“I’ve always said we’re a good road team, we’ve been showing it in our last 10 games [and when the trip begins] we’re going to take care of things the same way we’ve been trying to take care of business here, which is one game at a time,” assessed coach Alain Vigneault, who also touched on perhaps the most discussed issue of the trip: what and how to pack for such a gargantuan haul.
For the first four games the Canucks are faced with wintery conditions during an Eastern swing in Toronto, Montreal, Ottawa and Boston, that means fuzzy tuques, thick jackets and layered socks. Then a quick two-game set down South will have the team in need of light shorts, breathable t-shirts and loose sandals, before things cool off again in Columbus and Minnesota.
There’s only room for so many suitcases on the team plane so the players had to get strategic with their packing.
“I don’t know about this one, this is a tough one, we’re going through all sorts of climates, so snow coats, sandals, flip-flops, shorts, bathing suits, all kinds of stuff,” laughed Luongo, about what his carry-on will include.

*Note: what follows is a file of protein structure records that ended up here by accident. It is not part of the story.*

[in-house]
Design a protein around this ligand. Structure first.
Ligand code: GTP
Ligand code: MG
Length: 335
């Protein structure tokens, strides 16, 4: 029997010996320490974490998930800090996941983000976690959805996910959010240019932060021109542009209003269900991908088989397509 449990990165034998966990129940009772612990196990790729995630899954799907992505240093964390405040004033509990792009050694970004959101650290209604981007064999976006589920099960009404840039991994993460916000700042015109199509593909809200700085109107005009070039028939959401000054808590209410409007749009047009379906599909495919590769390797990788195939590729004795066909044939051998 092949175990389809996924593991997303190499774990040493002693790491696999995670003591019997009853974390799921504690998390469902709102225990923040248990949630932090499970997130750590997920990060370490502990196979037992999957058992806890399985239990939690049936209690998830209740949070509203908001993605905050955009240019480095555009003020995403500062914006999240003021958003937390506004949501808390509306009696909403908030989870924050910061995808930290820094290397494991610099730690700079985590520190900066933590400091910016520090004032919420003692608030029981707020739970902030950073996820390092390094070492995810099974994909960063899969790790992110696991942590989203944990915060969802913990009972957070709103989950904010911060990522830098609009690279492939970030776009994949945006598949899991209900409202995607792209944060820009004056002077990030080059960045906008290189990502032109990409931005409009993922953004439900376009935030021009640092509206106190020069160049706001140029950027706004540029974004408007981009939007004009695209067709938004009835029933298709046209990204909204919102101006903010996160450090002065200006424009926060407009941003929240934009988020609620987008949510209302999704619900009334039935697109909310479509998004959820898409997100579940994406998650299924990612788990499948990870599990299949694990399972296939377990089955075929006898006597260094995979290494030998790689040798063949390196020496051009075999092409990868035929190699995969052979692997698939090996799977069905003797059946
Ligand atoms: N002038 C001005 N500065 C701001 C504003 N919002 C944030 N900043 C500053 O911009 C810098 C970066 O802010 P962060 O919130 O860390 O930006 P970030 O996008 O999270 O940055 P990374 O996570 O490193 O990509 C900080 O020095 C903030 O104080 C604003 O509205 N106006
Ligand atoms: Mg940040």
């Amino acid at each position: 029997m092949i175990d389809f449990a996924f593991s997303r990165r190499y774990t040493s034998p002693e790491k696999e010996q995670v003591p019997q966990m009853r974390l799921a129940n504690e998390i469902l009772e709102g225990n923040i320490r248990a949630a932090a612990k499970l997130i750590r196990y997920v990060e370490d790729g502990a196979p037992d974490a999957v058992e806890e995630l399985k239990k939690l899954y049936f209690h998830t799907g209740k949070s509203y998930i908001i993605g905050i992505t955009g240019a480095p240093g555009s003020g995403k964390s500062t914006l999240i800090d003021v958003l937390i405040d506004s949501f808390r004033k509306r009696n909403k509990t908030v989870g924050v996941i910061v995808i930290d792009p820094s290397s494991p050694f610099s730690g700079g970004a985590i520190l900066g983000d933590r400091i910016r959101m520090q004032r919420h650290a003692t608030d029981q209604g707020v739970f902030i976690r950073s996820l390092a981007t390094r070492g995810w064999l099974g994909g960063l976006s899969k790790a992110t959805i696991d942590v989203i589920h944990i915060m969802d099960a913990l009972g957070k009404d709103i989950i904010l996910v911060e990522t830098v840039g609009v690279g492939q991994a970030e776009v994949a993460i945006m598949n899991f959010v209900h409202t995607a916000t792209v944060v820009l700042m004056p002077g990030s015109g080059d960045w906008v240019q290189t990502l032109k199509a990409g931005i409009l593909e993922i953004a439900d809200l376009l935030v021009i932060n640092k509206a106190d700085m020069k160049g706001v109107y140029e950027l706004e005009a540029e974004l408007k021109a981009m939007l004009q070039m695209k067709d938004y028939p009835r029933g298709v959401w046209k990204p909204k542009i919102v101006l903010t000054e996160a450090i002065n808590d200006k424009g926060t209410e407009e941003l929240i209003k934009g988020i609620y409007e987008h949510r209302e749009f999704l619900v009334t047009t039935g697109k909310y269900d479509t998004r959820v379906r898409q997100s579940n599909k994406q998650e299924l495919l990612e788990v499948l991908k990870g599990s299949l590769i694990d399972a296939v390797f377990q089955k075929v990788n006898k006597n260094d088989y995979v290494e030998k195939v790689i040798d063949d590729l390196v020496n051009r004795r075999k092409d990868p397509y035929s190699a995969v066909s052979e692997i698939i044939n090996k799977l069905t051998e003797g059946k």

“I’ll probably go with two or three suits and just keep it simple and obviously lots of socks and lots of underwear, plus some off day clothes,” added Rypien.
If you travel like forward Darcy Hordichuk, you’ve got to put the saying less is more to good use.
“The guys are laughing, every time I pack for a four-day trip they bug me about bringing a massage table because I bring a big bag. I don’t know what I’m going to do for this trip to get all the clothes in there,” smirked Hordichuk, admitting that sometimes he doesn’t make use of everything he packs.
“My wife always laughs that I pack about 20 pairs of underwear and I come back home and 19 of them are untouched.”
All the packing, traveling, time zones, climate changes, etc., are a lot to get your head around, but above all else there are 28 points up for grabs for the Canucks and although right now it’s the elephant in the room, how they handle their road rage could define their season.
“I won’t say it’s make or break because there’s still 15 or so games afterwards and mostly at home, so that’s going to help,” said Burrows, “but it could be a big swing either way.
“We’re not looking at it that way, I know it’s boring but we’re looking at it one game at a time.”